The 32 people gathered in the training room at Maryland New Directions (MND) worked in teams, trying to match the job title with the corresponding set of required skills: An import/export clerk needs ____? A crane operator needs ____? An international customer service representative needs ____?
Afterward, participant Nasir Bruce, 23, explained that the kickoff activity for MND’s Maritime Transportation and Logistics Training Program helped him see himself working in Port-related industries: “It made me feel the jobs were something I could do, that I have the skills to do.” And it is precisely that knowledge, and the sense of possibility, that MND staff and supporters are hoping to cultivate.
Maryland New Directions developed its Maritime Transportation and Logistics Training Program after learning about the extensive job opportunities in the $3.2 billion Port-related industry. “One of the employers with whom we worked reached out to say that there will be lots of retirement in and around the Port,” said Grace Lee, Executive Director of MND. “Current employees will be moving up to fill those spots and there will be a lot of openings at the entry level for folks to earn living wage jobs.”
Lee and Program Director Clair Watson jumped at the opportunity. They followed the career pathways identified by the Opportunity Collaborative and developed a program to train individuals to work in the transportation and logistics industry. By July 2014, Maryland New Directions had applied for and was awarded a Maryland Department of Labor, Licensing and Regulation EARN grant to screen and train 100 disadvantaged job seekers for jobs in Port-related industries. The Abell Foundation provided $120,000 in matching funds to help launch the program.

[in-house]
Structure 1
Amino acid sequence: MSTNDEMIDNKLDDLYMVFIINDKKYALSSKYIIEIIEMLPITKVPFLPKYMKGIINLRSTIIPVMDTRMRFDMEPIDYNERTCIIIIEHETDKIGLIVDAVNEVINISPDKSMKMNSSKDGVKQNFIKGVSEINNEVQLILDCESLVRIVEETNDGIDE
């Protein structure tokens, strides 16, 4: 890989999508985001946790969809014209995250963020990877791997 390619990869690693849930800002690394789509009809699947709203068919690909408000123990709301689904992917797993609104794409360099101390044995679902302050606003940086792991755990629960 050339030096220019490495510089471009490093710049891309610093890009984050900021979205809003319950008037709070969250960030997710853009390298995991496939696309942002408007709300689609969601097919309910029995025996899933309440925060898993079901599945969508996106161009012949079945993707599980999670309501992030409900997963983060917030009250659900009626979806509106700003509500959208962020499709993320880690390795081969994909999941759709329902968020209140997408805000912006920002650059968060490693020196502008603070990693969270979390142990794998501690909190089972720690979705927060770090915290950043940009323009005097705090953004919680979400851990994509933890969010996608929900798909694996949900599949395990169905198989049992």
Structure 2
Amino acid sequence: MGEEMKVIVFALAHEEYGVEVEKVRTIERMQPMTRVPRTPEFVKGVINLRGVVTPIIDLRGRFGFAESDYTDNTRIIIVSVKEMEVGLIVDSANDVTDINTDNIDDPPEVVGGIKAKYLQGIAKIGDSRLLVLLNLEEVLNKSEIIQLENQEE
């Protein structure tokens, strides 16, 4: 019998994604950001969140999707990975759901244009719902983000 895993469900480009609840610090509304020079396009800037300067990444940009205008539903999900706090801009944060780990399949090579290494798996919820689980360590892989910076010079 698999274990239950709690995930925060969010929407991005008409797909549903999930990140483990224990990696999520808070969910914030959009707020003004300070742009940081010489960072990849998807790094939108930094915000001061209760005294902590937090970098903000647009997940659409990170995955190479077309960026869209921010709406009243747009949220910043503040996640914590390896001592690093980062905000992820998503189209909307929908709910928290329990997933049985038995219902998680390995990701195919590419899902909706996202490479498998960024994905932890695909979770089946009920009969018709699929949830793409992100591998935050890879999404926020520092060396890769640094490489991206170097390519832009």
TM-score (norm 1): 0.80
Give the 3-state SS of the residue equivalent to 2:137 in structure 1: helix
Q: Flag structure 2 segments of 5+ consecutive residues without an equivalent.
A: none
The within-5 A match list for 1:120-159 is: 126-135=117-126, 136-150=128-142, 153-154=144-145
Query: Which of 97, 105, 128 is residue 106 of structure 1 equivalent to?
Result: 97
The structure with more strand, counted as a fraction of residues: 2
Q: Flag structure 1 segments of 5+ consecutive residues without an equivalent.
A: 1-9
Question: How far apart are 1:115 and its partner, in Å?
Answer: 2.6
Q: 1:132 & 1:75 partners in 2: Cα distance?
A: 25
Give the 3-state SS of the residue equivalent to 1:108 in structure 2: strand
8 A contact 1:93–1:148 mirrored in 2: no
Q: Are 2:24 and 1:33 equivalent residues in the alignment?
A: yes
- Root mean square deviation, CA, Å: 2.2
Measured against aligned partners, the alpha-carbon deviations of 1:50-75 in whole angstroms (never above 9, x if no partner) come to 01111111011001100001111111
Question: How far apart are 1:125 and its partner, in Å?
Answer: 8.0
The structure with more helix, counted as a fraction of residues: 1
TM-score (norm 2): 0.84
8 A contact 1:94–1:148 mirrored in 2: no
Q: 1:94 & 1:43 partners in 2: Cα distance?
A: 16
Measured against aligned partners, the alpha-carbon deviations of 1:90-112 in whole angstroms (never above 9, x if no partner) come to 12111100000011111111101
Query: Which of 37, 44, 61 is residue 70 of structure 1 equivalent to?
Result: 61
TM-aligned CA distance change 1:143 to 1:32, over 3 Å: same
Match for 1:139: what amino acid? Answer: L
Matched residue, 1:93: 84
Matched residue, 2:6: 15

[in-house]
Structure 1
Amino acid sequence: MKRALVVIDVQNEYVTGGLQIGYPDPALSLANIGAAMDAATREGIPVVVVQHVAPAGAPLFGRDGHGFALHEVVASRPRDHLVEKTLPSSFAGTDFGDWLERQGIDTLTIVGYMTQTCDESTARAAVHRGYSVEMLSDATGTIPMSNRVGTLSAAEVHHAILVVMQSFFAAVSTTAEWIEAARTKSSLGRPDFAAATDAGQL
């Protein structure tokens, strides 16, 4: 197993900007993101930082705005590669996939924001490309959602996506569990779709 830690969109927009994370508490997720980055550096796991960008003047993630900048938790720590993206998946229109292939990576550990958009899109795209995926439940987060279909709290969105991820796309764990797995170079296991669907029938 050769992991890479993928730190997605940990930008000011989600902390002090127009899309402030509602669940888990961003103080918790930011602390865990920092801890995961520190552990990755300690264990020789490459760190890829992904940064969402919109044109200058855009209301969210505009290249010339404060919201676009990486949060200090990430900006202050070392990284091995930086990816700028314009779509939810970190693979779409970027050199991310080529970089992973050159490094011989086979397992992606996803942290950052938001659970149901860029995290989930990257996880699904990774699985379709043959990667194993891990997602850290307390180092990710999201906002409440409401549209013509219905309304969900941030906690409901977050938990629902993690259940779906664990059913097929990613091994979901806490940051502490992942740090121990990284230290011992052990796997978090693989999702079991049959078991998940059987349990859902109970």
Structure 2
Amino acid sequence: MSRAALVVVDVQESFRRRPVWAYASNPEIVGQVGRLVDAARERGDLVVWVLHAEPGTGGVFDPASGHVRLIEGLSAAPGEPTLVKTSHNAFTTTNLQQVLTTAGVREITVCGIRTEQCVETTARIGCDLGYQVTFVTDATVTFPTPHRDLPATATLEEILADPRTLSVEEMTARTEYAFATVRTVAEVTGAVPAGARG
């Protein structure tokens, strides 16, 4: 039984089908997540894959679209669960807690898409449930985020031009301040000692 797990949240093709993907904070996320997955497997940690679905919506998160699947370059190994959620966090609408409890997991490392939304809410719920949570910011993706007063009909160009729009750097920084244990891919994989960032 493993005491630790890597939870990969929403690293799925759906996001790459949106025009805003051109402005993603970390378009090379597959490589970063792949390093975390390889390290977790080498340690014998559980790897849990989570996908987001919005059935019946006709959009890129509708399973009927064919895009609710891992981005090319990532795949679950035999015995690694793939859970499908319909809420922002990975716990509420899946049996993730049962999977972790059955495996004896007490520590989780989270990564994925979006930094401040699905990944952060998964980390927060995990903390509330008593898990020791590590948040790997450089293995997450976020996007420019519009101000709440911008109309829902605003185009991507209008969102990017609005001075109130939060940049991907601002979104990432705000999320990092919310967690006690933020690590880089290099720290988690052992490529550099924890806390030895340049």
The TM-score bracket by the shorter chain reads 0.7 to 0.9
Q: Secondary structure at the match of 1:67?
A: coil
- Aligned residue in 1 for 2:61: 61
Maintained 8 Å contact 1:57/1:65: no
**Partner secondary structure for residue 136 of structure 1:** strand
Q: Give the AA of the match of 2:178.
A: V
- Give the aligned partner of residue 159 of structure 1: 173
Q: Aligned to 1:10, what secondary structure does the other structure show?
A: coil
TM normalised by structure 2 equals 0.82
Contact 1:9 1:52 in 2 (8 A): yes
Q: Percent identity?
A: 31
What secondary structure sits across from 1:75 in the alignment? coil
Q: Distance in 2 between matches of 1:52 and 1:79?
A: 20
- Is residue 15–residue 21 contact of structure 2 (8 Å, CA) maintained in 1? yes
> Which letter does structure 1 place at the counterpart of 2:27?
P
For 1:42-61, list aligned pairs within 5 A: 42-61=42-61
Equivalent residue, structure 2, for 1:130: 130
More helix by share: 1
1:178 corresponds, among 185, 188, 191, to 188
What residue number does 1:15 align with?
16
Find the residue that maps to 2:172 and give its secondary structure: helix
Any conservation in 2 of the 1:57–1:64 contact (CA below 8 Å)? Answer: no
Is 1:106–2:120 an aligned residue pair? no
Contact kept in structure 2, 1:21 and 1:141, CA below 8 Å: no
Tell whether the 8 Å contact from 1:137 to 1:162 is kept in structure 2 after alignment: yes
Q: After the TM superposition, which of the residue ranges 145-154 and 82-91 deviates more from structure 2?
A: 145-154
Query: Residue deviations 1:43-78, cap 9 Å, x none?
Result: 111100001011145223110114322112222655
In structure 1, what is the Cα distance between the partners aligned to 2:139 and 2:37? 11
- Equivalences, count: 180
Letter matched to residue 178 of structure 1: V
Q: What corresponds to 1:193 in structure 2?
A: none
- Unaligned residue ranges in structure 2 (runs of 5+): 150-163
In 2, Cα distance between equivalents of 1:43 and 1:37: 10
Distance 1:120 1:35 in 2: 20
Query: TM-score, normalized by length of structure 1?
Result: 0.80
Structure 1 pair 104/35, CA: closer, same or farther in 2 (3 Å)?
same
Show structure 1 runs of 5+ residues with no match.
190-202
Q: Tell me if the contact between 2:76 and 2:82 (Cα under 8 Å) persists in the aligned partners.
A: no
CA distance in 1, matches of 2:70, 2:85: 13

“There was no training like this,” said Lee, “but there was a real need, so we built the training from scratch.” The 90-hour course, designed in close collaboration with Port employers, provides 60-hours of “soft skill” training and 30-hours on “all things maritime.”
“The goal of the training,” explains Program Director Clair Watson, “is to give people a working knowledge of the port and everything that goes into it. We cover freight forwarding and logistics, material handling, stevedoring, key terms, key paperwork, customer service, and shipping/receiving.” Throughout the 90-hour program, individuals employed at the Port or in Port-related industries come and speak with trainees about a typical day in their work.
MND has successfully completed two cohorts of training (in October 2014 and March 2015) for the EARN grant with a total of 51 graduates. Of those, 41 obtained Transportation Worker Identification Credential (TWIC) cards, 32 received forklift training and certification, and 41 (or 75 percent of graduates) are now employed with an average wage of $14.88/hour. Its most recent cohort of 32 people began on August 17th.
Program participants must be 18 or older and have a high school diploma. They have to be underemployed or unemployed and pass a background check. MND also conducts a rigorous screening process to ensure that the individuals accepted into the program have the determination to complete the training and find employment. “This program costs $3,000 per student,” explains Lee. “We don’t want to waste resources. People with determination and motivation are more likely to succeed.”
Individuals like Nasir Bruce are eager for the chance. He graduated from Merganthaler Vocational High School in 2010 and has worked in food service, furniture delivery, and warehouses. “But I want a steady job where I can make a good living and support my daughter,” he said. “I think this program will help me do that. There are good jobs at the Port and I want to get one.”
The Abell Foundation salutes Maryland New Directions’ Maritime Transportation and Logistics Training Program for equipping Baltimore residents with the information and knowledge they need to find – and secure – living wage jobs in an opportunity-filled industry.